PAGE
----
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Monday, May 12, 2008


Continuing with the theme from today's conference call I am posting the beginning of the article that I recently wrote that is continued on the website, Its all about using SBA Financing for the purchase of a business.

Recently, a prospective client asked about financing an upcoming business acquisition. I immediately asked whether the business opportunity also came with real estate or if it was the purchase of a business consisting only of furniture, fixtures and equipment, a work-in-progress and the client list. He said that it was a business acquisition with two five-year lease options.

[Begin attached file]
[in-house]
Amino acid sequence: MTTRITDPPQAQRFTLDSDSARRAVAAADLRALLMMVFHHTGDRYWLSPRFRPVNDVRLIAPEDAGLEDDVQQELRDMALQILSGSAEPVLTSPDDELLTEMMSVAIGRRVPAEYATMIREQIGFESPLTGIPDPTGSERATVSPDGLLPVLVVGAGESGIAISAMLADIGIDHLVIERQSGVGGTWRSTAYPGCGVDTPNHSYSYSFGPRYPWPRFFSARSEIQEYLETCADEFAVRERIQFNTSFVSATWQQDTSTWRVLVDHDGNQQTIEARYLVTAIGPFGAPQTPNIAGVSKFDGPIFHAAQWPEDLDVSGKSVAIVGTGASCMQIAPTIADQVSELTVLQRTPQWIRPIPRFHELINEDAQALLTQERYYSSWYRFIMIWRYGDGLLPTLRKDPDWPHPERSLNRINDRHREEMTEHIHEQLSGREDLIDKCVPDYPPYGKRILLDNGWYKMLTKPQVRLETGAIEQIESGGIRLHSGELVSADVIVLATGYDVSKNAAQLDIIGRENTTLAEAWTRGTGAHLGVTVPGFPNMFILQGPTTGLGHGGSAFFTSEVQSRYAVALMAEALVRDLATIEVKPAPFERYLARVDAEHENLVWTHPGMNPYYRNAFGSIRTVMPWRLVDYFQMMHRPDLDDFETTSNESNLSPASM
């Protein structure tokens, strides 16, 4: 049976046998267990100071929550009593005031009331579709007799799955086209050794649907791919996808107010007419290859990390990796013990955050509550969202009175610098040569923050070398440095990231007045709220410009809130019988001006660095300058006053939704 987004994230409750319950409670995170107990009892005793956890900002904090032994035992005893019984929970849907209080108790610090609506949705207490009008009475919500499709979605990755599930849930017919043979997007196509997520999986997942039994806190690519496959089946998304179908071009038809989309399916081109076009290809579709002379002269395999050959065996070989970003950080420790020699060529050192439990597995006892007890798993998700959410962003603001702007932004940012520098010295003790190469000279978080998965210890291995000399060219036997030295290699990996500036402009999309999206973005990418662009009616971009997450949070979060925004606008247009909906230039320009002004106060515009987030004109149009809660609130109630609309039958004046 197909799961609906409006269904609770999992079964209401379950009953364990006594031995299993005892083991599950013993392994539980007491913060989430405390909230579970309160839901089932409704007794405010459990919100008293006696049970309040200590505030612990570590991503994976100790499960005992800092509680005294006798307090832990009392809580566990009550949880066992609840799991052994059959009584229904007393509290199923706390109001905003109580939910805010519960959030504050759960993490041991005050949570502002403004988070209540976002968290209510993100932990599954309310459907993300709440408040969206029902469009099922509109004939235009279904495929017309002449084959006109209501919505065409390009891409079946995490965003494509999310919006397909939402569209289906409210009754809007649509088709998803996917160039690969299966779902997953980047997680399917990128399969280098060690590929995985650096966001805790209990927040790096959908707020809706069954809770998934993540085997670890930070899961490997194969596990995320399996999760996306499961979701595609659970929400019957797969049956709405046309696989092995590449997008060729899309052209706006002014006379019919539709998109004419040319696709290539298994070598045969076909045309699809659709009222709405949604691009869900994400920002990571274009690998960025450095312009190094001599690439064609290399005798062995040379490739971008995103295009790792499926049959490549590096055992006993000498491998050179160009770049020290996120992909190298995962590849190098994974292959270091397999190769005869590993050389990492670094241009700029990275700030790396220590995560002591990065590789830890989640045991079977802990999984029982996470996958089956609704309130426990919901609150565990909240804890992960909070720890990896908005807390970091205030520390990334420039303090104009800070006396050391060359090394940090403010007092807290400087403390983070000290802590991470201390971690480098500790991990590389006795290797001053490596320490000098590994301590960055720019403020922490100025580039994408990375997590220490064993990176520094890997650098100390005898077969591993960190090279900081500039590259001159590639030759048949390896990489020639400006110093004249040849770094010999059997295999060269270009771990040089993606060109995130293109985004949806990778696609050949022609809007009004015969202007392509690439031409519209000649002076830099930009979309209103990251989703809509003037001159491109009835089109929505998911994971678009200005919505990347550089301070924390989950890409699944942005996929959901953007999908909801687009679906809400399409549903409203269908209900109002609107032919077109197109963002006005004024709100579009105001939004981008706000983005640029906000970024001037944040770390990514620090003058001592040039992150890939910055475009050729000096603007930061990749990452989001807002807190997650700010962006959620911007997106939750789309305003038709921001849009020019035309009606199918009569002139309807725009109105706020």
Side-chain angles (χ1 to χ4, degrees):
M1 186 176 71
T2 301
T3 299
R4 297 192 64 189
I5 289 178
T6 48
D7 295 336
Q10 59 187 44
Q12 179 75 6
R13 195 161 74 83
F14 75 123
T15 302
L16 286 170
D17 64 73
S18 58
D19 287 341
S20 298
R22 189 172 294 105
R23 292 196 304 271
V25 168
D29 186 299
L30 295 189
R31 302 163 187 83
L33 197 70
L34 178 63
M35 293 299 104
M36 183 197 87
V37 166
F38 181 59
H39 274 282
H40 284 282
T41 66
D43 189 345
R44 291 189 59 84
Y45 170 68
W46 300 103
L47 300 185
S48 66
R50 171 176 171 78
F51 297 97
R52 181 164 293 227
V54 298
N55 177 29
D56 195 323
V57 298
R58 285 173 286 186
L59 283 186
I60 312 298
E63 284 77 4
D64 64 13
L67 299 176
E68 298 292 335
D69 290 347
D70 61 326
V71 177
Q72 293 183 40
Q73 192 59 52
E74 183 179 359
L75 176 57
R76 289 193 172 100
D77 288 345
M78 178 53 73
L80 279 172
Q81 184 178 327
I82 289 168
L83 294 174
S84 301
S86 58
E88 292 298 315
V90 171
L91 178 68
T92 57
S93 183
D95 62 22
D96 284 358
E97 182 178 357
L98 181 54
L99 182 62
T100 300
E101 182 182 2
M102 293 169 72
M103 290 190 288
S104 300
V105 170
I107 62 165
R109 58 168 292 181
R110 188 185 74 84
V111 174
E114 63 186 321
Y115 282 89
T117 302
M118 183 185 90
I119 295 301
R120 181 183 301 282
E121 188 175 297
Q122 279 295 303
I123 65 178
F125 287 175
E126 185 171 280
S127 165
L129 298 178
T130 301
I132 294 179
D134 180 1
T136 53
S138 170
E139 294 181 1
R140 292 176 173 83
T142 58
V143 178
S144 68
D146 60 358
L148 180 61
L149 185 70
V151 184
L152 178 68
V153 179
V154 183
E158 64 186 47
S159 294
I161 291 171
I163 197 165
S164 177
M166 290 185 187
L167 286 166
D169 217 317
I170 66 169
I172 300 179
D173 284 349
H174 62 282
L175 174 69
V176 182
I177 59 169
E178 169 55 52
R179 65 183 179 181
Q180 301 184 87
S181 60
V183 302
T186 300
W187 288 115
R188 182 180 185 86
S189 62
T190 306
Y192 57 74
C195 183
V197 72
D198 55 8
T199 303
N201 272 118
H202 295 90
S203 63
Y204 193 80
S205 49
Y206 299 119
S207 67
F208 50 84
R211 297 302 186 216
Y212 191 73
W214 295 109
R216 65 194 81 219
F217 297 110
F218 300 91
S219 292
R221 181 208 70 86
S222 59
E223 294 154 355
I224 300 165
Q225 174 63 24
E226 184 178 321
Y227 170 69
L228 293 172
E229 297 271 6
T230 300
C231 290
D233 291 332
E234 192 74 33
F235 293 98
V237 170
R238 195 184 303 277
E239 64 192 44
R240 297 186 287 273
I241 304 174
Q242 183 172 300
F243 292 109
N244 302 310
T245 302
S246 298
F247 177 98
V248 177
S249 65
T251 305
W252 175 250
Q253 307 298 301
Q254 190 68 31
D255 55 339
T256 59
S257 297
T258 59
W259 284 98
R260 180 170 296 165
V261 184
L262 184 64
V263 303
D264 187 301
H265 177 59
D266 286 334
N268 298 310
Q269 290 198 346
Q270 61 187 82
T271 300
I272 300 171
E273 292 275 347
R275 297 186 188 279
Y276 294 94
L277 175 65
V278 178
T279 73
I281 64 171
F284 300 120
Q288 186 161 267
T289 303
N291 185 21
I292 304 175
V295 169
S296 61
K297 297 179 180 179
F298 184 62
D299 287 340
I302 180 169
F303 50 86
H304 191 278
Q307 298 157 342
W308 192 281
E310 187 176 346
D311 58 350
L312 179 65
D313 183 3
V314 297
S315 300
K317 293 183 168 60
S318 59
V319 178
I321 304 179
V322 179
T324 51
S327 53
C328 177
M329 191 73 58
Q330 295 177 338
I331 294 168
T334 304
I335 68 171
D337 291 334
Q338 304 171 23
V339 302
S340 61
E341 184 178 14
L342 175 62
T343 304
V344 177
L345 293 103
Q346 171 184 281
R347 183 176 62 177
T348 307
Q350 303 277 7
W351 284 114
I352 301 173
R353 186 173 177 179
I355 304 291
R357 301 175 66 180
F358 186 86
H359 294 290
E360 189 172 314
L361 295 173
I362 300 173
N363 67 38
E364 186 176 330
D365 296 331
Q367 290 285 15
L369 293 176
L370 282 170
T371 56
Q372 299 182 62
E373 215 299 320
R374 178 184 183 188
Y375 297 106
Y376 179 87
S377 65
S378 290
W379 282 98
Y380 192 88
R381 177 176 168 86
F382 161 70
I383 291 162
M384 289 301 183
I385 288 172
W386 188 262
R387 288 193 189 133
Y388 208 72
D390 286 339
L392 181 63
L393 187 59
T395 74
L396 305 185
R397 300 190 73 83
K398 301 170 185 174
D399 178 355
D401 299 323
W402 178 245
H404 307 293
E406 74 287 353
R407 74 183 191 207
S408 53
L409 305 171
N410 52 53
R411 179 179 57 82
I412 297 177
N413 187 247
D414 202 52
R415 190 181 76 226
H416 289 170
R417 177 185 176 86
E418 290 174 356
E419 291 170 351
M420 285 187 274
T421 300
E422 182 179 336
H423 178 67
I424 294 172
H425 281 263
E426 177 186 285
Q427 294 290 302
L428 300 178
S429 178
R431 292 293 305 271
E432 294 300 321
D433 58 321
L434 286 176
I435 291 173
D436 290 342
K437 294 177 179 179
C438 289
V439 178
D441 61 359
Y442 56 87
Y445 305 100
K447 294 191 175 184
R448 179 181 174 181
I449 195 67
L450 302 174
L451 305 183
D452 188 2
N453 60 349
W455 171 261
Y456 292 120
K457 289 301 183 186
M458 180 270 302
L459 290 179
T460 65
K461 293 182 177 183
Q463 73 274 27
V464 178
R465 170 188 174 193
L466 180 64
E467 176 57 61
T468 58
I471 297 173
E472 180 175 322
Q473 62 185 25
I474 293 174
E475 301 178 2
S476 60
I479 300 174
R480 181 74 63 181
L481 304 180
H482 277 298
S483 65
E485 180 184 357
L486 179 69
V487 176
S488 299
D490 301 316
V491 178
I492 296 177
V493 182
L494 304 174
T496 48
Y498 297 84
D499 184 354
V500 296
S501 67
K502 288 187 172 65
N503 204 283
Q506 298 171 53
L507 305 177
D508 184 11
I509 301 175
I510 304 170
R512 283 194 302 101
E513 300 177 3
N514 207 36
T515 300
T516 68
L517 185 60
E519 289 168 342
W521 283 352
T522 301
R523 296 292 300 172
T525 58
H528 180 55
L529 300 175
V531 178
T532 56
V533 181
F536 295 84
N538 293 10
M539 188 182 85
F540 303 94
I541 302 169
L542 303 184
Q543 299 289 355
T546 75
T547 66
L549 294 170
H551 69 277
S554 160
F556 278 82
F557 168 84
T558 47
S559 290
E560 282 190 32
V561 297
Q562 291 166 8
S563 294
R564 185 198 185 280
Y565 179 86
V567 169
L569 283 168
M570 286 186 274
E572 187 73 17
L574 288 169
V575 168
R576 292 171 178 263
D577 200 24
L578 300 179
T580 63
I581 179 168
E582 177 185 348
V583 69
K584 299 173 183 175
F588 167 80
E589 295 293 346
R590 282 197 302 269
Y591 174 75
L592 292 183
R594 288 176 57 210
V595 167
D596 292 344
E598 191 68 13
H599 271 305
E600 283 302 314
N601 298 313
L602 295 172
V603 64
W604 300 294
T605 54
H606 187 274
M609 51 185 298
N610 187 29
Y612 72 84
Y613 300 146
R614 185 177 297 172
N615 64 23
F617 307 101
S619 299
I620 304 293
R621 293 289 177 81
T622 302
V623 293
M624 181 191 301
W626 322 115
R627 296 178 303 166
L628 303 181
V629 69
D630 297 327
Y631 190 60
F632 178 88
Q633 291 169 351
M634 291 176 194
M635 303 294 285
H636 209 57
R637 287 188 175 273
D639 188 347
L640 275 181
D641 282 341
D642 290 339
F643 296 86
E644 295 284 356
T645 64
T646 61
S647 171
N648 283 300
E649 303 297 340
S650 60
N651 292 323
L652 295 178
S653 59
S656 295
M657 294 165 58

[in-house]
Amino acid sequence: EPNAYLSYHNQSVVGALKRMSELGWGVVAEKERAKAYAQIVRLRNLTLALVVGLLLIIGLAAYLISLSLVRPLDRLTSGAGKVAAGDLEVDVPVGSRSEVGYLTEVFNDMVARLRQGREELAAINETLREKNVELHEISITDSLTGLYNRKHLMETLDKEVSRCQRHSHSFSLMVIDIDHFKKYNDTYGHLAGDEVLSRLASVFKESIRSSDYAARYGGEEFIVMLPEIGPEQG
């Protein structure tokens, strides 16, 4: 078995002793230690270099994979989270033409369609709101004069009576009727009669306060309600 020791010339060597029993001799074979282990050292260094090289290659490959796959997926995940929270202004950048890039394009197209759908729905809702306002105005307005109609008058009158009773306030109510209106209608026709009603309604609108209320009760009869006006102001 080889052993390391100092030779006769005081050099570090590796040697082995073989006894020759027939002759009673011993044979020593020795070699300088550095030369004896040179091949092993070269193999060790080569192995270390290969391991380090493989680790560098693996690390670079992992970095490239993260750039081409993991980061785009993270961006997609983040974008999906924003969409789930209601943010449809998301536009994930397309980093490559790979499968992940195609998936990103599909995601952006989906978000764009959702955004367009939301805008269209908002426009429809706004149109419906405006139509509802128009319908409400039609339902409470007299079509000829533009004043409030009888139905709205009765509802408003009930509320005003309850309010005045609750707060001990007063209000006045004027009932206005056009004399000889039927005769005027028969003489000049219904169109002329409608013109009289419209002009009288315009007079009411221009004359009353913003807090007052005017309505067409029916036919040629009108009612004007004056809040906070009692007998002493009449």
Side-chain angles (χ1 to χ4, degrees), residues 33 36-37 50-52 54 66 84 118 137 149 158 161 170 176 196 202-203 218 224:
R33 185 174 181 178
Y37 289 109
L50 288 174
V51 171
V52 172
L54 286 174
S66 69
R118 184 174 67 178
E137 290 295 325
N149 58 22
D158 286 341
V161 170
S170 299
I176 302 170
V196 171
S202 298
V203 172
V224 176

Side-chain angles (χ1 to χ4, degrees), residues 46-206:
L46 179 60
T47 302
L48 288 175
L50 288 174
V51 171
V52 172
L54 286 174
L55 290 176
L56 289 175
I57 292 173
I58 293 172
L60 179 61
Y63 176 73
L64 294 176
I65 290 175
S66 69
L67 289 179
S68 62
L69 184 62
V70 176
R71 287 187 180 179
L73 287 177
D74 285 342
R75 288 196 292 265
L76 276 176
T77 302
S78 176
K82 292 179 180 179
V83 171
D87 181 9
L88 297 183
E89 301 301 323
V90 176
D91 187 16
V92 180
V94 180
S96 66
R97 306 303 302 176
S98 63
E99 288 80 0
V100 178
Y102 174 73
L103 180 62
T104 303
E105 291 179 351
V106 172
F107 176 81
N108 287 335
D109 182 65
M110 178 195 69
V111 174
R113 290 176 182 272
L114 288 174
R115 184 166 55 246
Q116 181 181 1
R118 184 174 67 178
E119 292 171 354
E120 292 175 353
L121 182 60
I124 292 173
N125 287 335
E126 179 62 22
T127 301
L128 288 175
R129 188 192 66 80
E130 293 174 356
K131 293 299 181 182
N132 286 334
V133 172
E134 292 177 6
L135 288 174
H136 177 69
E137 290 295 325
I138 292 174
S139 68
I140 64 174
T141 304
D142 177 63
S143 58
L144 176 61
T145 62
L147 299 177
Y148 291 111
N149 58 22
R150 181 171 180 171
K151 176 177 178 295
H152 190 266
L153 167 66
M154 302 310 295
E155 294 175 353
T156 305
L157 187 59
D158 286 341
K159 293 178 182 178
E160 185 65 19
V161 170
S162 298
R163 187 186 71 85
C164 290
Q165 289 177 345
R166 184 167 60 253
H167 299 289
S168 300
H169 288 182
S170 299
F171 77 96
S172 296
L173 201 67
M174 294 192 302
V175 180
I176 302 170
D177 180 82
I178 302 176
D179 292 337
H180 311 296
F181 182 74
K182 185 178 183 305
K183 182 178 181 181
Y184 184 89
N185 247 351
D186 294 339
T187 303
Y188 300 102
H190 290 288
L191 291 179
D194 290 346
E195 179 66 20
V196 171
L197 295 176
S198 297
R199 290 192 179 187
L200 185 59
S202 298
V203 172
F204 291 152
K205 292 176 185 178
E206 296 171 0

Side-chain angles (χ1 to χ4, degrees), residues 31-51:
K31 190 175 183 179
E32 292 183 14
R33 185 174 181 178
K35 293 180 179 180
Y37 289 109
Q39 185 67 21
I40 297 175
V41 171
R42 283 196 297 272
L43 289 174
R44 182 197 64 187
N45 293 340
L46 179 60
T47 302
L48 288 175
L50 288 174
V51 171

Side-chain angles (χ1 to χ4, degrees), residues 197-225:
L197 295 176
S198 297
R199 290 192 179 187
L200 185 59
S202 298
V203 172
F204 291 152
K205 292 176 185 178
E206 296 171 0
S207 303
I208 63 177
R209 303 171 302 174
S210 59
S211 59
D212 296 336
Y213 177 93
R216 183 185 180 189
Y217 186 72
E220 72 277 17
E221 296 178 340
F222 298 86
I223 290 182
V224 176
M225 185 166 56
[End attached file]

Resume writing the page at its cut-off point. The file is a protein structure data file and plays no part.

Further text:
The scene was set for a typical U.S. Small Business Administration (SBA) 7(a) loan. "Typical" is probably not the best word, however, because each 7(a) loan is different. The only similarities between the range of 7(a) products are that they are SBA-guaranteed and that they are required to be collateralized as much as possible.

Most businesses that are sold for less than $2 million are situated in a leased facility and sold without the real estate. The 7(a) is the only SBA program that allows for the purchase of a business without the accompanying real estate. The SBA does require that the business have a lease agreement in place for the length of the loan term, however, or at the very least, additional option periods to cover the term.

To read the entire article click here Common SBA 7a Questions

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